From professional dancer to Marine to New York City firefighter to finally landing a role on NBC’s popular “The Blacklist,” Hisham Tawfiq is that rare actor who has lived a full life before his acting career fully blossomed.
After suffering an injury playing football at his high school in New York City’s Harlem, Hisham joined a professional dance company in France. Shortly after, he made a snap decision to join the Marines and served during 1990’s Desert Storm, and says he faced many challenges due to his Muslim faith. “Being born and raised a Muslim … I had the battle of serving my country but at the same time standing up for my faith,” recalls Hisham. “So those were most of the challenges I had to deal with when I was serving and when I came home, and it took me a while to come to an understanding of that.”
Hisham eventually got a position from the New York City Fire Department, serving the Harlem area, making him one of a small number of African-American firefighters in the city. According to NBC News, “as a firehouse newbie, he had to explain to wary colleagues his Sunni Muslim faith, including a tolerance for ‘people of all races, colors and religions.’”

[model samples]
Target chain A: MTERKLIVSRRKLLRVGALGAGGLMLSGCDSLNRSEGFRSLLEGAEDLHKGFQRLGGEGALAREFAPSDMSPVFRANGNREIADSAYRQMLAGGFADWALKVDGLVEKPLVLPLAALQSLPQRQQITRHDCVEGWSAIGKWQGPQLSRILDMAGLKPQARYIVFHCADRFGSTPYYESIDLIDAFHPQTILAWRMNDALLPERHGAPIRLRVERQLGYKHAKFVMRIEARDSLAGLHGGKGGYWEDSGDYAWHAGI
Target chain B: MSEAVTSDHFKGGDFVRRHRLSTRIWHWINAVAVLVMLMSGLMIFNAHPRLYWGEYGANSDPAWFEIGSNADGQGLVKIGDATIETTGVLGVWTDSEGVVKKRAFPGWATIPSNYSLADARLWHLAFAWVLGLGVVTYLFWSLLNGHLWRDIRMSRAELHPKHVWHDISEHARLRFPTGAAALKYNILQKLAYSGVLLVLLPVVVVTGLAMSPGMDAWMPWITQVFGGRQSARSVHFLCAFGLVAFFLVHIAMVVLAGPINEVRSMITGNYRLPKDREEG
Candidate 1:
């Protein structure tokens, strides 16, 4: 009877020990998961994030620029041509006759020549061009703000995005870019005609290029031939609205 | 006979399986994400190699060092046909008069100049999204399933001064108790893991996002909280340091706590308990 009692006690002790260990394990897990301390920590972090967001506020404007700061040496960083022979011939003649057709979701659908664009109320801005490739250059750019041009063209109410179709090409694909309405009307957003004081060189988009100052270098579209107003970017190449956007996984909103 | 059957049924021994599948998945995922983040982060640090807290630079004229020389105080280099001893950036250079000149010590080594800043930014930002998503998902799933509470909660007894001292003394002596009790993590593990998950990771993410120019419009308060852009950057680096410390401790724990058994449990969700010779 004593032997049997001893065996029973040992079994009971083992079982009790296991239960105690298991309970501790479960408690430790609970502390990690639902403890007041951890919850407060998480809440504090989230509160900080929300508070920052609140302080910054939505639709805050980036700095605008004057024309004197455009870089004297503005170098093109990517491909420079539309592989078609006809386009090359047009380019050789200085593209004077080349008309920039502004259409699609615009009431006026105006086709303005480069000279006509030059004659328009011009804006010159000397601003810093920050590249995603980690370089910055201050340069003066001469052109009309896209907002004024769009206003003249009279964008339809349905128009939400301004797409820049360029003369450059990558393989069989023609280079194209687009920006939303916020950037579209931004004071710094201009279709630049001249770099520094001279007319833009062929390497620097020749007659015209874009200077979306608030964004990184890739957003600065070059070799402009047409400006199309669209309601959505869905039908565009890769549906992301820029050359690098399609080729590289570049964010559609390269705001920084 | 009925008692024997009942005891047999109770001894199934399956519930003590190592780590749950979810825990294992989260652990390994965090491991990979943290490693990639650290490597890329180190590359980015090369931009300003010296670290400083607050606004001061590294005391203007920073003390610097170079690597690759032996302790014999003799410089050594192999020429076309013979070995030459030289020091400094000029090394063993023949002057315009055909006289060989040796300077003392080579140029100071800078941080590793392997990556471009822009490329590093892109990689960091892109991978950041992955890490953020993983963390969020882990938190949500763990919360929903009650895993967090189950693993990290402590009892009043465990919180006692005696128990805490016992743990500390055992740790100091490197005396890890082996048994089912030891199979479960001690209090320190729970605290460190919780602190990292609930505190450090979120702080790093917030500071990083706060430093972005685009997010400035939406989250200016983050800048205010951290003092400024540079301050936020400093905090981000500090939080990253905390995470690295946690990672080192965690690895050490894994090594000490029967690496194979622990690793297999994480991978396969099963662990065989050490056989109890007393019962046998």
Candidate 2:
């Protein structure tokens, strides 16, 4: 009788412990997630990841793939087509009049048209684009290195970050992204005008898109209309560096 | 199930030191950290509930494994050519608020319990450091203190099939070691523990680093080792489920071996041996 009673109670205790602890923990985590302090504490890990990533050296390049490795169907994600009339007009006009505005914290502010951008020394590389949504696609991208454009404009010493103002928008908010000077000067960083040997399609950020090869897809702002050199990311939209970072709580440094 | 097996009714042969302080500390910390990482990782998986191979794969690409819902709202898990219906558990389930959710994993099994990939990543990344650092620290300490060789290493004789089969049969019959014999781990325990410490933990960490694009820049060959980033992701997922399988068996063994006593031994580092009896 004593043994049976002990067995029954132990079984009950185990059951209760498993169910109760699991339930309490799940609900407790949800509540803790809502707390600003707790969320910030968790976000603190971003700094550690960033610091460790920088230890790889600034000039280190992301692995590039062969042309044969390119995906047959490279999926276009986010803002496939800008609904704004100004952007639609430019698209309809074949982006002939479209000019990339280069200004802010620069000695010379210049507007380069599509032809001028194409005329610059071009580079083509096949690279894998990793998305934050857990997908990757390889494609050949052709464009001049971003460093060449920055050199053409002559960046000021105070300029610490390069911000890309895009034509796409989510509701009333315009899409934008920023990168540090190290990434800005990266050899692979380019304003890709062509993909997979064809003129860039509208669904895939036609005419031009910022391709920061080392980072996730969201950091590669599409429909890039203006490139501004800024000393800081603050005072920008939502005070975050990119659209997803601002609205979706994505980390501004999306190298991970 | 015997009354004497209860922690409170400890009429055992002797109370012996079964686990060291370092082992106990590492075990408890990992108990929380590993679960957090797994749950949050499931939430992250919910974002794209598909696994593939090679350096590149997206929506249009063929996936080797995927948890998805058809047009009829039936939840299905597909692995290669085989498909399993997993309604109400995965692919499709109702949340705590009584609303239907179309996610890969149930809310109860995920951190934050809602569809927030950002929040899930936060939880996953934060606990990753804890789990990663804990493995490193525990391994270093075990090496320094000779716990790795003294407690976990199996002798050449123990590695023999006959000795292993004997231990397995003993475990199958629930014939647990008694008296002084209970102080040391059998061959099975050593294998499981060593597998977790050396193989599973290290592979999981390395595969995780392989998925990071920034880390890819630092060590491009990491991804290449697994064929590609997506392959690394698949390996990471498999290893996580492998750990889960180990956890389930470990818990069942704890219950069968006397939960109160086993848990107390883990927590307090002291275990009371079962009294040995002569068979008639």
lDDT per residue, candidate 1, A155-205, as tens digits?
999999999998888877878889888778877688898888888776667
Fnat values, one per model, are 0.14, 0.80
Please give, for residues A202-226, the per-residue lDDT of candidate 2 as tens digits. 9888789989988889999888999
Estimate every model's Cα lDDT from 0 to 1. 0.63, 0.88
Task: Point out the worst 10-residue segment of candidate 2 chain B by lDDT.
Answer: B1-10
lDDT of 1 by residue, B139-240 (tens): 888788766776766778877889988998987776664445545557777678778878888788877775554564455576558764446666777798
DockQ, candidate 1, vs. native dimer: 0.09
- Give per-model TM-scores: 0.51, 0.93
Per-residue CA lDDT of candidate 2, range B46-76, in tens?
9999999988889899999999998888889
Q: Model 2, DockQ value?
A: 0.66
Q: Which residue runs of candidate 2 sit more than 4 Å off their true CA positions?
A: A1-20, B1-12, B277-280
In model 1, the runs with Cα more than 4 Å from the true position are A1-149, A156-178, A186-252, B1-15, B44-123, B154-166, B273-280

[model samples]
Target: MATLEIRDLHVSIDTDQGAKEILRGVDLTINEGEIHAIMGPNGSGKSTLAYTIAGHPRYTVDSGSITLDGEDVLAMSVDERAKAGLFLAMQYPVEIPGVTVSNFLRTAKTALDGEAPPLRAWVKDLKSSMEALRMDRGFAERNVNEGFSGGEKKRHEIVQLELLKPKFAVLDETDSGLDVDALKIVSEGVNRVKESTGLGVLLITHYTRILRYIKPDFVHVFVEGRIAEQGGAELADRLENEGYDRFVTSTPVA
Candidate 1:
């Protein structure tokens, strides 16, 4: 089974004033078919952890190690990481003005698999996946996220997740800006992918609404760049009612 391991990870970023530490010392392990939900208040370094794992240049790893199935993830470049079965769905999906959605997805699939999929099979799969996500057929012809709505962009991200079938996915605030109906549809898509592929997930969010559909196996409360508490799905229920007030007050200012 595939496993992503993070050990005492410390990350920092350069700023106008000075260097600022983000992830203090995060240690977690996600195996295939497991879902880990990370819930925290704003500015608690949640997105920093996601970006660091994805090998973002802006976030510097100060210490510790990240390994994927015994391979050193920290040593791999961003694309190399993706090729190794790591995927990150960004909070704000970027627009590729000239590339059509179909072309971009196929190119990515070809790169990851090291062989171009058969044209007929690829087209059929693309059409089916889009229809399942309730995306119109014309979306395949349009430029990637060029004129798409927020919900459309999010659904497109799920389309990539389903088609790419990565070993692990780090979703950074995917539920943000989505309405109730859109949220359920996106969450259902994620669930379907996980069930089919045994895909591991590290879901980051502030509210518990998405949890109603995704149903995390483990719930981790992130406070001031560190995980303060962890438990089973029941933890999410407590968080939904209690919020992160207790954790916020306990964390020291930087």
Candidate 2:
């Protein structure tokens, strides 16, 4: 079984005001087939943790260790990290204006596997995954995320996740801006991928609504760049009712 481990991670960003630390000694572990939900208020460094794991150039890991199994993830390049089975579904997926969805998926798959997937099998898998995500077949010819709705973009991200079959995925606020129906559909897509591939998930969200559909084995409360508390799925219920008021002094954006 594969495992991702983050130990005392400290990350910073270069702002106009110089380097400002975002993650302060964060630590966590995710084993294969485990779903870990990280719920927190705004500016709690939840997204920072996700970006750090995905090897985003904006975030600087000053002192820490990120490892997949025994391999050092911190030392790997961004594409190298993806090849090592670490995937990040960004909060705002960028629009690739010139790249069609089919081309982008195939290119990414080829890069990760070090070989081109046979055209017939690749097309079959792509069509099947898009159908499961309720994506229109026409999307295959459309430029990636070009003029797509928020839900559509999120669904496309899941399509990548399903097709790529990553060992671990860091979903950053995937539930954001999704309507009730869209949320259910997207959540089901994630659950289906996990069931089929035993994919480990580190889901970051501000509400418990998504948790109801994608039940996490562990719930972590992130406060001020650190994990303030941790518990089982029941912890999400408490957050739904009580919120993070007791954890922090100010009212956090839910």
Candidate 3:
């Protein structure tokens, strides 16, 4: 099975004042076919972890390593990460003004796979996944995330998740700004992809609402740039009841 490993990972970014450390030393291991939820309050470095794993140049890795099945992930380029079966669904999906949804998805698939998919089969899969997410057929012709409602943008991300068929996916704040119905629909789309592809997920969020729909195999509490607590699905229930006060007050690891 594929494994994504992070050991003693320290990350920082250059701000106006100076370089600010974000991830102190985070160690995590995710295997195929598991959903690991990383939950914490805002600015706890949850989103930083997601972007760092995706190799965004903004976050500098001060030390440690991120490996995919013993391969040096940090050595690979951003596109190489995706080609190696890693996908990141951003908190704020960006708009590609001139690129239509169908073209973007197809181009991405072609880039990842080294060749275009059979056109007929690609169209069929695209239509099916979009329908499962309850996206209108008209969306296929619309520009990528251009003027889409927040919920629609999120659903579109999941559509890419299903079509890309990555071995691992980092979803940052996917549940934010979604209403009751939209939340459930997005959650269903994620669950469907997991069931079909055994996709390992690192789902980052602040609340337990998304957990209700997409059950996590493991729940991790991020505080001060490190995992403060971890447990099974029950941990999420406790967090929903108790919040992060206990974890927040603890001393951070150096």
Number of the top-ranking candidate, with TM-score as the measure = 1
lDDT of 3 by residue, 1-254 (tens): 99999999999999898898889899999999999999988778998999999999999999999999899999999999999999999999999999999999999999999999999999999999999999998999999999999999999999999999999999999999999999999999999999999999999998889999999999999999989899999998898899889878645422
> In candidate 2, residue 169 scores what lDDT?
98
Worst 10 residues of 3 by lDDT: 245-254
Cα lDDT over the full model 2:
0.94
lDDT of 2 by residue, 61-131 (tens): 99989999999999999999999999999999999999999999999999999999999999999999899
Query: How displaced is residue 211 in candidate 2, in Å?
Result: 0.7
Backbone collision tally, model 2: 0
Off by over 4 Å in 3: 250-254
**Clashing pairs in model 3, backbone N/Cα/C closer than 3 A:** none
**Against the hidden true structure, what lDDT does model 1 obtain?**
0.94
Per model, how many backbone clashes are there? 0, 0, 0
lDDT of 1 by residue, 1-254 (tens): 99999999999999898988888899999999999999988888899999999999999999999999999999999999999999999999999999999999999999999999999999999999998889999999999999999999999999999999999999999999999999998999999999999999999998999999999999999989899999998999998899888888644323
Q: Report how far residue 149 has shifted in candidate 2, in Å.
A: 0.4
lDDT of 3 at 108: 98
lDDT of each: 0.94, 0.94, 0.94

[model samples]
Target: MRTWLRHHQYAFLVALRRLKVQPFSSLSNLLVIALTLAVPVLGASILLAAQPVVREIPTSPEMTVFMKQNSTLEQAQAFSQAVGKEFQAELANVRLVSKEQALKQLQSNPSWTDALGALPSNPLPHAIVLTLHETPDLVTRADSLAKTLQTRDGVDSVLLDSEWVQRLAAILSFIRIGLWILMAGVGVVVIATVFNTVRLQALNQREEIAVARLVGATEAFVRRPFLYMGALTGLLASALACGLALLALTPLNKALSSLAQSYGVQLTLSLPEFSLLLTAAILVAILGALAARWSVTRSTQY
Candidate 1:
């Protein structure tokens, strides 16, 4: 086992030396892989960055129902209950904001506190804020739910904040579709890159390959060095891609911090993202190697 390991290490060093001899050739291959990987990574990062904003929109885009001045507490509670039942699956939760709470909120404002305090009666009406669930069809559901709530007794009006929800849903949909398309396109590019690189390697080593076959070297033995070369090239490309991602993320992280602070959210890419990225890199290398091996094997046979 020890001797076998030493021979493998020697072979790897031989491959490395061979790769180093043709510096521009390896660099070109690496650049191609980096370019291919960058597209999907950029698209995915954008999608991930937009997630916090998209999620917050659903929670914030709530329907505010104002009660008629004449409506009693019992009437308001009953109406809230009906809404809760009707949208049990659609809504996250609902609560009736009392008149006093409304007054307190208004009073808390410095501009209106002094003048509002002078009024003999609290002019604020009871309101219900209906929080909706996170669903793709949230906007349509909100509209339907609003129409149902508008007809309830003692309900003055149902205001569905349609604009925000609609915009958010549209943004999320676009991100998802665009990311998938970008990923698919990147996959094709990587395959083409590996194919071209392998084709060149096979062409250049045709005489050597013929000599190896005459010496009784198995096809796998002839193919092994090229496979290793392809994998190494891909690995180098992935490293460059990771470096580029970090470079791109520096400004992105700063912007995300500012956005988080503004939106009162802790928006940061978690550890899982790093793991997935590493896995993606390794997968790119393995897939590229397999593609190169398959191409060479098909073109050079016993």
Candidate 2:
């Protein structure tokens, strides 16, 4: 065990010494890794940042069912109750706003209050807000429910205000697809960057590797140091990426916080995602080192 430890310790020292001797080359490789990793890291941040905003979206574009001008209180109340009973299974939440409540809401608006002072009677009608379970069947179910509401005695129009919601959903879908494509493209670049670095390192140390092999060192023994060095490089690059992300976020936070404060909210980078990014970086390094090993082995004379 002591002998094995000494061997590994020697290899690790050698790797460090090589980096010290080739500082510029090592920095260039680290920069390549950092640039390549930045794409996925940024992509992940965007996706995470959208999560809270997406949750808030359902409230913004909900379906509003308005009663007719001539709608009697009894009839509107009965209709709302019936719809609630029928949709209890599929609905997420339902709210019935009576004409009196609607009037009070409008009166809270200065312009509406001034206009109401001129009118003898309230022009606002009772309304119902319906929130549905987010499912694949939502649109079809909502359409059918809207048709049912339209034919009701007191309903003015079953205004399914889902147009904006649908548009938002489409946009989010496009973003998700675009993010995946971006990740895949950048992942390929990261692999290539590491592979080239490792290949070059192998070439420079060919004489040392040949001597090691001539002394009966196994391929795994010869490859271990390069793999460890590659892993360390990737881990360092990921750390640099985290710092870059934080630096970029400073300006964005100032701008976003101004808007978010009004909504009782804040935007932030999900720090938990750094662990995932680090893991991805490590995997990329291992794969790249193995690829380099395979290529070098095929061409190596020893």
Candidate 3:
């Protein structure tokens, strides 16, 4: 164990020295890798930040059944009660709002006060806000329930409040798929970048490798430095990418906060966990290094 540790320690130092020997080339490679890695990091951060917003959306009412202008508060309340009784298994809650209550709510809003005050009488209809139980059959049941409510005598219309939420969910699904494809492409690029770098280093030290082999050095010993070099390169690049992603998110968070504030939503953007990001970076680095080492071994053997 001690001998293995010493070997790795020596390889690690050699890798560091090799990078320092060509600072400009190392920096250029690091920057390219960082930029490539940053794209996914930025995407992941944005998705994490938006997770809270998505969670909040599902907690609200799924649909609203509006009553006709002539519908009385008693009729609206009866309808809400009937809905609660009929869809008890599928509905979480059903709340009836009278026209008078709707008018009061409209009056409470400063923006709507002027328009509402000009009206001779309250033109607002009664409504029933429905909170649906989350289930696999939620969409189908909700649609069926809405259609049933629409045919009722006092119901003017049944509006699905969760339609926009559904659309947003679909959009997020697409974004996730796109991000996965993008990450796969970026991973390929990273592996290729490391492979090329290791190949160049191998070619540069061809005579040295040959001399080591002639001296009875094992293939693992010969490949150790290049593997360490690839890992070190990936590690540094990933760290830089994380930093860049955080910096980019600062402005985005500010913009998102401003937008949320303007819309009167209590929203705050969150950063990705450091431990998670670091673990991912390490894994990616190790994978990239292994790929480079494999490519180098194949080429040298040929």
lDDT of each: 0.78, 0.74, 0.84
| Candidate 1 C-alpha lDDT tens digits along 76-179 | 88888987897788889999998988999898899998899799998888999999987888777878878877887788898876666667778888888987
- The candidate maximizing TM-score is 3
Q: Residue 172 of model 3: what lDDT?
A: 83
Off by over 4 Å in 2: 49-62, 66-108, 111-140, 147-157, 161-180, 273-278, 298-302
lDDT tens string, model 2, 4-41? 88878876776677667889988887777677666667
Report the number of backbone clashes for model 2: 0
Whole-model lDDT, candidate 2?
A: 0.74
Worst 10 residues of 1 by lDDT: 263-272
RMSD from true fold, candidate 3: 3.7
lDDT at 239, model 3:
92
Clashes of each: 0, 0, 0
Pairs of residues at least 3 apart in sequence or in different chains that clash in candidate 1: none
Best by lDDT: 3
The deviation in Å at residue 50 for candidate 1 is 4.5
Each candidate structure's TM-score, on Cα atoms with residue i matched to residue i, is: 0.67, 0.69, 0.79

At this point, Hisham was also auditioning for acting roles, eventually booking the role of Dembe Zuma on “Blacklist” which was expanded from a one-episode appearance to a key part of the show. Series creator Jon Bokenkamp comments, “Hisham simply has a great presence, both on screen and in person.”
The actor recalls getting the role while he was still working as a firefighter. “As I was getting to my 20th-anniversary year with the fire department, ‘Blacklist’ offered me a series regular role. It was a little scary at first: All of my life, I had been working a job and getting a paycheck every two weeks. And even though I was passionate about the arts, I was the oldest of five brothers, both my parents had passed away and I felt I had an obligation to take care of them, as well as his own family, including his teenage son.”
But Hisham has made it work and currently can be seen Thursday nights on NBC’s “Blacklist.” Next up for the Renaissance man, is a documentary he co-produced with his wife, Ruth, about the experiences of African-American firefighters.